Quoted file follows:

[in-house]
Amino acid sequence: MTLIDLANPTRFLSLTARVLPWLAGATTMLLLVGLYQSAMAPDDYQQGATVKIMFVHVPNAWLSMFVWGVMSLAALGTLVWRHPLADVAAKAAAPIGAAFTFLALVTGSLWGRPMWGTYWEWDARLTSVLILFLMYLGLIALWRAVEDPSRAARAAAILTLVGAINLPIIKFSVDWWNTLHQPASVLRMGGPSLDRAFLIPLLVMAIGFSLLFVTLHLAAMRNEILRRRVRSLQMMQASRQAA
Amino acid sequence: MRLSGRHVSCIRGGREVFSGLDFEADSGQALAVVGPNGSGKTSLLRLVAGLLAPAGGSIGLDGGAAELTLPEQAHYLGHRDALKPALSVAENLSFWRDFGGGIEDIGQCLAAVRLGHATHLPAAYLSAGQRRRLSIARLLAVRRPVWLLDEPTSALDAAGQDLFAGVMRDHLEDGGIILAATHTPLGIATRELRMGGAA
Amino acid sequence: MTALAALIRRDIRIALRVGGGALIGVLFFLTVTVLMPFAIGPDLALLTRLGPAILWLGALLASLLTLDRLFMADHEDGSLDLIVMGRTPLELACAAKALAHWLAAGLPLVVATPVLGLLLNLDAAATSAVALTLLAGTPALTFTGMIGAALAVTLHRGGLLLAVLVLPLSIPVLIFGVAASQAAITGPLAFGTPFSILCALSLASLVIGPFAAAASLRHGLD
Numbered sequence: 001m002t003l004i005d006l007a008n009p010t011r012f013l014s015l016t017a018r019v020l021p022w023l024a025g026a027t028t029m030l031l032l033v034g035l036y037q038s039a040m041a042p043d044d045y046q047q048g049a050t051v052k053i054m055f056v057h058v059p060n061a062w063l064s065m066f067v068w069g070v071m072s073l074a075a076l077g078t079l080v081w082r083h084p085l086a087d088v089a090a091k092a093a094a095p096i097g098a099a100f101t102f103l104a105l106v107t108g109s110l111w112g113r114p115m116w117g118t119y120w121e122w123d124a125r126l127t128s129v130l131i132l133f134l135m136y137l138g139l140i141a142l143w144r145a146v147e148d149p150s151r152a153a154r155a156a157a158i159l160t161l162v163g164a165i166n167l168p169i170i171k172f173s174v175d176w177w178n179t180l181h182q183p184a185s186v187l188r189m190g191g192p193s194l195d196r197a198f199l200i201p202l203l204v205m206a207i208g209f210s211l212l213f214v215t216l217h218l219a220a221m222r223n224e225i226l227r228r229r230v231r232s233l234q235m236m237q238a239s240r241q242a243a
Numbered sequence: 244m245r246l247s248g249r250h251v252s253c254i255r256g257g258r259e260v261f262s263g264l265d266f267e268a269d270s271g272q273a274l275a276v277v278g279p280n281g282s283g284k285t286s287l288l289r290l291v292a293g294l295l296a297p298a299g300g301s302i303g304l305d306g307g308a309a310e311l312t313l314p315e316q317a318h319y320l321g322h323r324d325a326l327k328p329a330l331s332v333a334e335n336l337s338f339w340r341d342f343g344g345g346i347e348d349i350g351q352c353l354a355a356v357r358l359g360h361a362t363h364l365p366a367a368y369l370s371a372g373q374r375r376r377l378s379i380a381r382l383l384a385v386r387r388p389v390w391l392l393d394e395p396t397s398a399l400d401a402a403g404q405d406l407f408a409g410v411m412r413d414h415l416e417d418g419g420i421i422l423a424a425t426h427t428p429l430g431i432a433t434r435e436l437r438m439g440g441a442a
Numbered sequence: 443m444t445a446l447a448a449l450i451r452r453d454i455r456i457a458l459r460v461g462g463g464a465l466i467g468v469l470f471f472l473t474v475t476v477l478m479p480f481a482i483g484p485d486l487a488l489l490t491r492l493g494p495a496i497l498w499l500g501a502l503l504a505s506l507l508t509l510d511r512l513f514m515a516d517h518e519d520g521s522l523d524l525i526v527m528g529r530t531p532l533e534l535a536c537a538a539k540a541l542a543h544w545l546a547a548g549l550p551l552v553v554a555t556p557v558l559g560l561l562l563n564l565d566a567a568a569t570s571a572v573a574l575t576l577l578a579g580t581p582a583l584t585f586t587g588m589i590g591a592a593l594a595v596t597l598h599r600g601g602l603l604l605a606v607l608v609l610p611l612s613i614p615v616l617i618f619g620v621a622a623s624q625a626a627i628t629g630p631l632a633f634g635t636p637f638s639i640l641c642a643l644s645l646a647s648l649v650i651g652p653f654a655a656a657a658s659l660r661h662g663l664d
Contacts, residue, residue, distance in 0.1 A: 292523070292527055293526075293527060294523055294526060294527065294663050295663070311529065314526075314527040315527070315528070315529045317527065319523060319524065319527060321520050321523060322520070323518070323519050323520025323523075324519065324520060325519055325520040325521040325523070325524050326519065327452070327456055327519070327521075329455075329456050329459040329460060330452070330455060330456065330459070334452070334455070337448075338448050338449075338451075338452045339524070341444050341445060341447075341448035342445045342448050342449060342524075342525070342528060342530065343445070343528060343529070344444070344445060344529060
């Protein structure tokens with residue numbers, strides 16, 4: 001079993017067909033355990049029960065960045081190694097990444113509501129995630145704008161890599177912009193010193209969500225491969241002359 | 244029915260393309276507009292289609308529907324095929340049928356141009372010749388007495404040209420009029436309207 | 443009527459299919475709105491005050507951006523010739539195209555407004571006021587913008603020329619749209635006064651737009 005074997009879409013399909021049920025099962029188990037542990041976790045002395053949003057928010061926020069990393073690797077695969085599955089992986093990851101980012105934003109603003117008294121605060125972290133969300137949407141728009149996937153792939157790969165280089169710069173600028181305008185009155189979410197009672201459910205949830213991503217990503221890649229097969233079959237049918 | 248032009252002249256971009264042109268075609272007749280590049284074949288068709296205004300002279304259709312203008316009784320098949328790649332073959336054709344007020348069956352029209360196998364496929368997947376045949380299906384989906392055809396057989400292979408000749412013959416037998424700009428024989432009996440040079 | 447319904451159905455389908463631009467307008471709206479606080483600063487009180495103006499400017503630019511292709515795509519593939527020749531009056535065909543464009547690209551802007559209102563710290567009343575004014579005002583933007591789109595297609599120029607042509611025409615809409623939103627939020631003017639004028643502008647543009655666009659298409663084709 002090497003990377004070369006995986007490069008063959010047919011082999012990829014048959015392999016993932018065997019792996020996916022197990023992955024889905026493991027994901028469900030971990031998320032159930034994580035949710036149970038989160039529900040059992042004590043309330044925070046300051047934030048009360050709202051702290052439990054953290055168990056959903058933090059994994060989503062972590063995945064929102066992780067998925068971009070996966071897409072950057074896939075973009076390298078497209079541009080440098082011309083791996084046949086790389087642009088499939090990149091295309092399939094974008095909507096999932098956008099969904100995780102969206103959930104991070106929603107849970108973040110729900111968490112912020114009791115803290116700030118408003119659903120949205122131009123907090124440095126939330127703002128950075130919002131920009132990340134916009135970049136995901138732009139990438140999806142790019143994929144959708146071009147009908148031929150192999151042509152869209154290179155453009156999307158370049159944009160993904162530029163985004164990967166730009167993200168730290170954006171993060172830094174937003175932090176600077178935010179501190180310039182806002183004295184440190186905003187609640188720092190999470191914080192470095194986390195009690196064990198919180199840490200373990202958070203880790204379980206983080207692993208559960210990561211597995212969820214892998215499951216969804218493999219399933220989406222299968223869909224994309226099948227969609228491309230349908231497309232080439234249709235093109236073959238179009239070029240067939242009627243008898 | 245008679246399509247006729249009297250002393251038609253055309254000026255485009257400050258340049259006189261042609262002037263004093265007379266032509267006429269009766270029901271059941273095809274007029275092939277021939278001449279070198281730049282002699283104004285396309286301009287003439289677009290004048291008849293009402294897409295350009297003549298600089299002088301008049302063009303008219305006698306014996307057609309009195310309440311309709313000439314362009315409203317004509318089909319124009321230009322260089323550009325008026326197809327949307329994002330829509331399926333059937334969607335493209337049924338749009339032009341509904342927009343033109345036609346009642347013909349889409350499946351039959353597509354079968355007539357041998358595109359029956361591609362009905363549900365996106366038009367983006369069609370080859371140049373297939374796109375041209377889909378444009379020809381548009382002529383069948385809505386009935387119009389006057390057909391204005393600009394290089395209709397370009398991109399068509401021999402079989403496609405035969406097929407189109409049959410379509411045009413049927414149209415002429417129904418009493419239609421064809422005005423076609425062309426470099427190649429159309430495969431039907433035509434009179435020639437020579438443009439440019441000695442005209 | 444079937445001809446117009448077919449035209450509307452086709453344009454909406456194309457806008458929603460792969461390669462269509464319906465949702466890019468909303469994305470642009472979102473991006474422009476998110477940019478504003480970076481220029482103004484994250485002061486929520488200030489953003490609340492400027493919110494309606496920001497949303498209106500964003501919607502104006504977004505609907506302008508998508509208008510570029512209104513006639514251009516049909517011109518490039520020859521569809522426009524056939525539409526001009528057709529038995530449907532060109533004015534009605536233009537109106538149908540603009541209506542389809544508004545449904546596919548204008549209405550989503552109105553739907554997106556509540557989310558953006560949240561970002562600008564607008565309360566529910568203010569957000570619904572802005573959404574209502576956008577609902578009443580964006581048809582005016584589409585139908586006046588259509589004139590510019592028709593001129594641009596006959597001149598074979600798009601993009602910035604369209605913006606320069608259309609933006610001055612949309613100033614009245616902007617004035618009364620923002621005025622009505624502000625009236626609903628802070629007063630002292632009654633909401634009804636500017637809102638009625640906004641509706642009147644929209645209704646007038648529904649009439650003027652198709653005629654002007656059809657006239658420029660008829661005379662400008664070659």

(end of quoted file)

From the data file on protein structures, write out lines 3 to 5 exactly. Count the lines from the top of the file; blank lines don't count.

Amino acid sequence: MRLSGRHVSCIRGGREVFSGLDFEADSGQALAVVGPNGSGKTSLLRLVAGLLAPAGGSIGLDGGAAELTLPEQAHYLGHRDALKPALSVAENLSFWRDFGGGIEDIGQCLAAVRLGHATHLPAAYLSAGQRRRLSIARLLAVRRPVWLLDEPTSALDAAGQDLFAGVMRDHLEDGGIILAATHTPLGIATRELRMGGAA
Amino acid sequence: MTALAALIRRDIRIALRVGGGALIGVLFFLTVTVLMPFAIGPDLALLTRLGPAILWLGALLASLLTLDRLFMADHEDGSLDLIVMGRTPLELACAAKALAHWLAAGLPLVVATPVLGLLLNLDAAATSAVALTLLAGTPALTFTGMIGAALAVTLHRGGLLLAVLVLPLSIPVLIFGVAASQAAITGPLAFGTPFSILCALSLASLVIGPFAAAASLRHGLD
Numbered sequence: 001m002t003l004i005d006l007a008n009p010t011r012f013l014s015l016t017a018r019v020l021p022w023l024a025g026a027t028t029m030l031l032l033v034g035l036y037q038s039a040m041a042p043d044d045y046q047q048g049a050t051v052k053i054m055f056v057h058v059p060n061a062w063l064s065m066f067v068w069g070v071m072s073l074a075a076l077g078t079l080v081w082r083h084p085l086a087d088v089a090a091k092a093a094a095p096i097g098a099a100f101t102f103l104a105l106v107t108g109s110l111w112g113r114p115m116w117g118t119y120w121e122w123d124a125r126l127t128s129v130l131i132l133f134l135m136y137l138g139l140i141a142l143w144r145a146v147e148d149p150s151r152a153a154r155a156a157a158i159l160t161l162v163g164a165i166n167l168p169i170i171k172f173s174v175d176w177w178n179t180l181h182q183p184a185s186v187l188r189m190g191g192p193s194l195d196r197a198f199l200i201p202l203l204v205m206a207i208g209f210s211l212l213f214v215t216l217h218l219a220a221m222r223n224e225i226l227r228r229r230v231r232s233l234q235m236m237q238a239s240r241q242a243a